Awful Real-Estate Listing Photos: How Not to Take Them
Original Post Date: July 22, 2010
By: Sarah Max
With the market in a post tax-credit slump, you’d think home sellers would be bringing their A-game in trying to unload their property. But a search through some recent home listings reveals some pretty horrid house photos. A recent post on Seattle Bubble has some great examples of bank-owned listing photos that would scare away most buyers, save for maybe Gomez and Morticia Addams.
You don’t need to be an expert in consumer psychology to know that when buyers troll through a sea of online listings, they’re going to click on the pretty pictures and ignore those showing unkempt yards or an explosion of chintz. Yet, many sellers – and the real estate professionals they’ve hired to know this stuff – are still so bold, or clueless, that they showcase their homes with really, really bad photos.
Of course, taking good listing photos isn’t just about cutting the grass and asking the neighbor to move his pick-up truck away from your front curb. It means staging the shot, finding the best angles and paying attention to lighting, says Larry Lohrman, a retired real estate agent who offers detailed tips on his site, PhotographyForRealEstate.net.
Here are some Do’s and Don’ts:
- Don’t clutter your listing with a lot of pictures just for the sake of having… a lot of pictures, says Pat Giles, vice president of marketing and interactive marketing for John L. Scott in Seattle. Every picture should have a purpose and be consistent with look and feel.
- Do put extra effort into the primary exterior shot. This shot is the virtual equivalent of curb appeal. If buyers don’t like what they see, they won’t click further. Take this shot about 10 or 20 feet above street level, says Mr. Lohrman. Put your garbage cans away, pull the ‘For Sale’ sign out of the yard and make sure your car – or anything else that detracts from your house – is out of the picture.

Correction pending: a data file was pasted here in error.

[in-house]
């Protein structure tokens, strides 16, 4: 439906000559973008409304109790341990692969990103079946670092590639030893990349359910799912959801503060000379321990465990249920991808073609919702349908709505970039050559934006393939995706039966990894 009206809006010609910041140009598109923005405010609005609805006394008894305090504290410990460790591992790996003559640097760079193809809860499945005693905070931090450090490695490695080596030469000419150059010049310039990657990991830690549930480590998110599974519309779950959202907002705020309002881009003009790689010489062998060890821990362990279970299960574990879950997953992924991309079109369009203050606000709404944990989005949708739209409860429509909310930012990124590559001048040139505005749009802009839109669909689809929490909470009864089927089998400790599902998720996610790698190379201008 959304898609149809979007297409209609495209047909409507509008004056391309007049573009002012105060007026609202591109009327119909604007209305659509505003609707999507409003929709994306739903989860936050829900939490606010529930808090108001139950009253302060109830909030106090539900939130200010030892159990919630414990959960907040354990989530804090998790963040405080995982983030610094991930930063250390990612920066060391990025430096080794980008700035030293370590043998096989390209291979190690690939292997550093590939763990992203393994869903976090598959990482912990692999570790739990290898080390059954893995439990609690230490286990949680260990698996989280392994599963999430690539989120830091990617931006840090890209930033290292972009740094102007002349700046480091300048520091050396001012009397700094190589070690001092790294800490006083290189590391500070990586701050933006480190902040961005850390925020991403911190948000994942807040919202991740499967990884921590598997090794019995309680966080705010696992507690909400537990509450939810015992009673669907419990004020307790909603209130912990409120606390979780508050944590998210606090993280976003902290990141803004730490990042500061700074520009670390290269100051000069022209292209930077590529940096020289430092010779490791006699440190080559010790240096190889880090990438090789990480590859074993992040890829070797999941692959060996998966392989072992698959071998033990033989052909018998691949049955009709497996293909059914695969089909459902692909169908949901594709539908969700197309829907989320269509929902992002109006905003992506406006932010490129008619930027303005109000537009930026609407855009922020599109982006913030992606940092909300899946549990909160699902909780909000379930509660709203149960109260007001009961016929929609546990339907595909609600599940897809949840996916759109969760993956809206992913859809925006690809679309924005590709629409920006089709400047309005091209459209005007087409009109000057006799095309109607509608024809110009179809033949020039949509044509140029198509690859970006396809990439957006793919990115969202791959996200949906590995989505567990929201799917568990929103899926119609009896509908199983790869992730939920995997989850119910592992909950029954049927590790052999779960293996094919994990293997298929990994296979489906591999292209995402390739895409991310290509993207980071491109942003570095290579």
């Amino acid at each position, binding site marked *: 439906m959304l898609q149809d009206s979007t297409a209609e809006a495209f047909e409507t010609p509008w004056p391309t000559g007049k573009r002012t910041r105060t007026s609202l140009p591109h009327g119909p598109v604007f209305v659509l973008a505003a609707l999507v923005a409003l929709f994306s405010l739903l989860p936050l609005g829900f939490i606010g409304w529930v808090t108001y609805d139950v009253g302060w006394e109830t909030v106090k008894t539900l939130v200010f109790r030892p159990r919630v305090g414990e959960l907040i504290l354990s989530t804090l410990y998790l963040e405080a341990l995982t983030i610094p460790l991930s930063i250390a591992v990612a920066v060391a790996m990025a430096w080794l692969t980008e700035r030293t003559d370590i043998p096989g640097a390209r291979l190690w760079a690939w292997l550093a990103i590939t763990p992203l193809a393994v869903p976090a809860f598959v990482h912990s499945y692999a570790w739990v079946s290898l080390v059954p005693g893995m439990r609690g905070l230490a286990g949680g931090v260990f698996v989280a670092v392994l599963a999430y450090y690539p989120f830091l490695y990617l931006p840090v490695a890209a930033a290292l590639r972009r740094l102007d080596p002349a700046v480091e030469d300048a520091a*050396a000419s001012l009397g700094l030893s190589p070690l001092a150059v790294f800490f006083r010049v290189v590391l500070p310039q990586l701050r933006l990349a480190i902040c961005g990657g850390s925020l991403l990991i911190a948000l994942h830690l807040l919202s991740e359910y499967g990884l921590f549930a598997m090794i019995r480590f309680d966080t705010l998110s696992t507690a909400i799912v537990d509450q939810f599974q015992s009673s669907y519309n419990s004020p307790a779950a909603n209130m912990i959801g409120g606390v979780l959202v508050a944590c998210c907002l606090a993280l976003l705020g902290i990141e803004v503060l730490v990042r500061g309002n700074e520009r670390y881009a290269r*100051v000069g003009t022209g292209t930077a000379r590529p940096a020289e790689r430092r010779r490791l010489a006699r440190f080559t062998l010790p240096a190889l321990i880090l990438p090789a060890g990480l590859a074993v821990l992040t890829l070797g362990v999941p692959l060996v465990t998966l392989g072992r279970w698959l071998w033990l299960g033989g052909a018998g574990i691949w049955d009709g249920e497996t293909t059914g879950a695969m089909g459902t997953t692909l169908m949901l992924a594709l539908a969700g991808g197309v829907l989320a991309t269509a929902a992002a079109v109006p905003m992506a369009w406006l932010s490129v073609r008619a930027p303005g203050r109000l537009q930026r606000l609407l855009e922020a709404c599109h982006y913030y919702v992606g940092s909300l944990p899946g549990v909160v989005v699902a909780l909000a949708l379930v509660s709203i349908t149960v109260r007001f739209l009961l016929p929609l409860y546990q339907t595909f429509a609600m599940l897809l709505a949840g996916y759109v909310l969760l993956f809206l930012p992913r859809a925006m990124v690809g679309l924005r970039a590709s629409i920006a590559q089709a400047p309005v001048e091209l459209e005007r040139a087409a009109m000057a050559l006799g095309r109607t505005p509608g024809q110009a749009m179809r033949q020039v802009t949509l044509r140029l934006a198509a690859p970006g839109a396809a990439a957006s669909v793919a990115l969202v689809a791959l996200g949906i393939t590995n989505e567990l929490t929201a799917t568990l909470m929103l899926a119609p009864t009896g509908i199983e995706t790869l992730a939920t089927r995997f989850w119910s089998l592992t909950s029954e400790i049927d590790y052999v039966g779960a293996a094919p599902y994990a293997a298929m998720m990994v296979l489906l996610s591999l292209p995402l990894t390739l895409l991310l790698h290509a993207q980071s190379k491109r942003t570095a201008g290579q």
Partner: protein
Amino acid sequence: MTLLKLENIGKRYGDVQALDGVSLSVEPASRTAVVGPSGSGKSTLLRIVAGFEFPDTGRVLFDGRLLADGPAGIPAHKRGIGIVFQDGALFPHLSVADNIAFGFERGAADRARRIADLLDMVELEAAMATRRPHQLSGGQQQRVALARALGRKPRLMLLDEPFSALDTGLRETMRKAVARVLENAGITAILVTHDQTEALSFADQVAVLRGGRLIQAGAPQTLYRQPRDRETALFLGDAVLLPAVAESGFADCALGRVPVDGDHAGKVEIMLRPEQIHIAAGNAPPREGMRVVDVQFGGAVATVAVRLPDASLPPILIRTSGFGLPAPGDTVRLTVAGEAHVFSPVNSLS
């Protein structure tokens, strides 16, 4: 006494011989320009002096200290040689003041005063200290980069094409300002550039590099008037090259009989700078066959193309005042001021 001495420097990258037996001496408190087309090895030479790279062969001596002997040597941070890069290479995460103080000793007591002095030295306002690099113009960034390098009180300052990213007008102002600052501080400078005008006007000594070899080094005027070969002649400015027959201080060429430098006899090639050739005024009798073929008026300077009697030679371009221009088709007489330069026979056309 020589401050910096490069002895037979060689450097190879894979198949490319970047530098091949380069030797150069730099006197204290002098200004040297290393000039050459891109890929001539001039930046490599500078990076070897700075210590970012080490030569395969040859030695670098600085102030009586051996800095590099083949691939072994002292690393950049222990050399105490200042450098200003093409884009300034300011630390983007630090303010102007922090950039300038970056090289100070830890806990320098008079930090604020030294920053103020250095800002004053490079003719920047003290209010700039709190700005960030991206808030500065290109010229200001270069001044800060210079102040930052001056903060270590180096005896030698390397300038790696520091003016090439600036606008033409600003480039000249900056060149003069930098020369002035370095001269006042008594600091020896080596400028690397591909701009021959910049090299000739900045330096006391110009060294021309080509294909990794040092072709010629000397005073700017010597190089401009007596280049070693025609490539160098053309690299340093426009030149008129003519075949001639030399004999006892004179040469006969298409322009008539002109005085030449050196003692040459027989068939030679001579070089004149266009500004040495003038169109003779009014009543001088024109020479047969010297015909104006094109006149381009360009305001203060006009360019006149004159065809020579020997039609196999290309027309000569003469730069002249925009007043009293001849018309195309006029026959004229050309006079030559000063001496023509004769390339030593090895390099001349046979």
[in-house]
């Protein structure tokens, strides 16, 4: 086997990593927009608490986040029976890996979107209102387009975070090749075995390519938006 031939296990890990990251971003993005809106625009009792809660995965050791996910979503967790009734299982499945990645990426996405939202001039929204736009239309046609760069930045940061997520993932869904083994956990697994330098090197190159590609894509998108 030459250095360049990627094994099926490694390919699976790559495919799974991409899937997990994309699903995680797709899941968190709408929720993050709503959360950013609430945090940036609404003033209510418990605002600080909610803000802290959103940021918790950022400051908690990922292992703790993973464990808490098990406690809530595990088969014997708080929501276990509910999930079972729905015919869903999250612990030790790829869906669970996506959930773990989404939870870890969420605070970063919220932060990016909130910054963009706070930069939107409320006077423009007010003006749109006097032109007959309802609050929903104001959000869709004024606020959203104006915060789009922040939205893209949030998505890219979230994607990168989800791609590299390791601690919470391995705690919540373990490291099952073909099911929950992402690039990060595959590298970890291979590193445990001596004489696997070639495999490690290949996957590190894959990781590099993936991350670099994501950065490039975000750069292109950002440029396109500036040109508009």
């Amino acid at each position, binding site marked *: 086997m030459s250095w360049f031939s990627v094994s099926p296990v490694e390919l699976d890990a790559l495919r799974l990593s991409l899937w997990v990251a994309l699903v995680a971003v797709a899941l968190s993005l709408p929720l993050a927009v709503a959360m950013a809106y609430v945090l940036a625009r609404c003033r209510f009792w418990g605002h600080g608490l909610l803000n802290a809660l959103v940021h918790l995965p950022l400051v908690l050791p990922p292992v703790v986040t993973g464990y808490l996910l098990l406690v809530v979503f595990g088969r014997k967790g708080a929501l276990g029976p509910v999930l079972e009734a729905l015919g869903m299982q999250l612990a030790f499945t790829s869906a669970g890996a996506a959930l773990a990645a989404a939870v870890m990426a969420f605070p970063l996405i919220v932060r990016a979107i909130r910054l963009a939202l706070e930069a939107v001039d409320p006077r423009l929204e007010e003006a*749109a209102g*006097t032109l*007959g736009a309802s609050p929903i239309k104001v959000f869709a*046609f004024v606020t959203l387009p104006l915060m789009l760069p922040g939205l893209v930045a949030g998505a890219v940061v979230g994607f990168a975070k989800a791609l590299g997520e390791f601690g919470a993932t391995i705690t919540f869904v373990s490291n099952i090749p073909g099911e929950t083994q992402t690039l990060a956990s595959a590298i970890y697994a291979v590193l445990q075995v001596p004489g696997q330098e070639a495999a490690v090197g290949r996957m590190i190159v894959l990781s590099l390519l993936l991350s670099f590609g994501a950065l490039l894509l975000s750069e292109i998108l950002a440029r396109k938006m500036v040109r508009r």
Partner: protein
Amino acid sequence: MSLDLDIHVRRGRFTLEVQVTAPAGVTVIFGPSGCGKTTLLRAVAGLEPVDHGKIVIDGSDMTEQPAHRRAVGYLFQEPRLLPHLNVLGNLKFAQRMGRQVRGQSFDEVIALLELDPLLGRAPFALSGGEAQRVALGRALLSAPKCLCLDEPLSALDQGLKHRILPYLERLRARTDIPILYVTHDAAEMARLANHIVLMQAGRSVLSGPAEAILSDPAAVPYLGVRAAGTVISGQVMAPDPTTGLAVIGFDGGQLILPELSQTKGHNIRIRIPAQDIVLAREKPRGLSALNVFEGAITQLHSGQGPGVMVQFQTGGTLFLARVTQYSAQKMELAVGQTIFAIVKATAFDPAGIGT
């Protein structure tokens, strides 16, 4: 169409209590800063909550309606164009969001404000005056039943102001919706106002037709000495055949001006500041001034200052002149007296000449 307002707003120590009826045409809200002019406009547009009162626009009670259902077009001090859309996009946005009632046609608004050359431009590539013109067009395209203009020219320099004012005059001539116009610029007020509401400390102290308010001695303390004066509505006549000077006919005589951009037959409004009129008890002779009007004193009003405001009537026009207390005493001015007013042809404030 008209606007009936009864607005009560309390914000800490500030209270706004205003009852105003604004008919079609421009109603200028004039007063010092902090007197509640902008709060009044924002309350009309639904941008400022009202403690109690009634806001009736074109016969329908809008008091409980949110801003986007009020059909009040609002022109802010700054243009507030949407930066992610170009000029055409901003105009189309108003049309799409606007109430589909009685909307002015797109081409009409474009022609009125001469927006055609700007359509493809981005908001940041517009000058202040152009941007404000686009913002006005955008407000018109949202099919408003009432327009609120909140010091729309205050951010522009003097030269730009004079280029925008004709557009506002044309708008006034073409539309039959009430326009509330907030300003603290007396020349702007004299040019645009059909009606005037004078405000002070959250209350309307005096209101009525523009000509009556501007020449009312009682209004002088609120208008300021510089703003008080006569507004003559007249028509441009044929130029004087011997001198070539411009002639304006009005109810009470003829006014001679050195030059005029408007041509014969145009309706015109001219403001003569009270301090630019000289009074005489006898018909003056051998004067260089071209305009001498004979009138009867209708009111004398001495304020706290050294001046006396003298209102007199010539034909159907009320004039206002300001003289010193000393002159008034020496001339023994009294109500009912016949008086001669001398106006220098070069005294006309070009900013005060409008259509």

- Do pay attention to the weather. A professional photographer can make your house look good rain or shine, but too much of either isn’t necessarily a good thing. “If it’s too sunny you get a lot of shadows,” says Linda Monforton, a virtual tour photographer for Coldwell Banker Select in Tulsa, Ok. Seasons are also something that buyers pay attention to, at least subliminally. If you’re marketing a ski house in January, pray for snow. But if the house hasn’t sold by spring, take a new exterior shot.
- Do rearrange the furniture. Whether you want to show off a room’s best features, make it seem more spacious or get that outdated La-Z-Boy out of the shot, the time you put into staging a room before you snap photos can pay dividends. Pay particular attention to lighting; turn on overhead lights, open the drapes, or remove them altogether. Another secret to nailing a real estate shot: Use a wide-angle lens, says Mr. Lohrman.
- Don’t give Fluffy or Spot a starring role in the photo. Unless you’re bent on selling exclusively to dog or cat lovers, keep your pets – or any signs of them – out of listing photos since buyers may associate them with bad smells, allergens or patchy yards. “The worst one is when people leave cat food dishes on the counters,” says Ms. Monforton, virtual tour photographer for Coldwell Banker Select in Tulsa, Ok.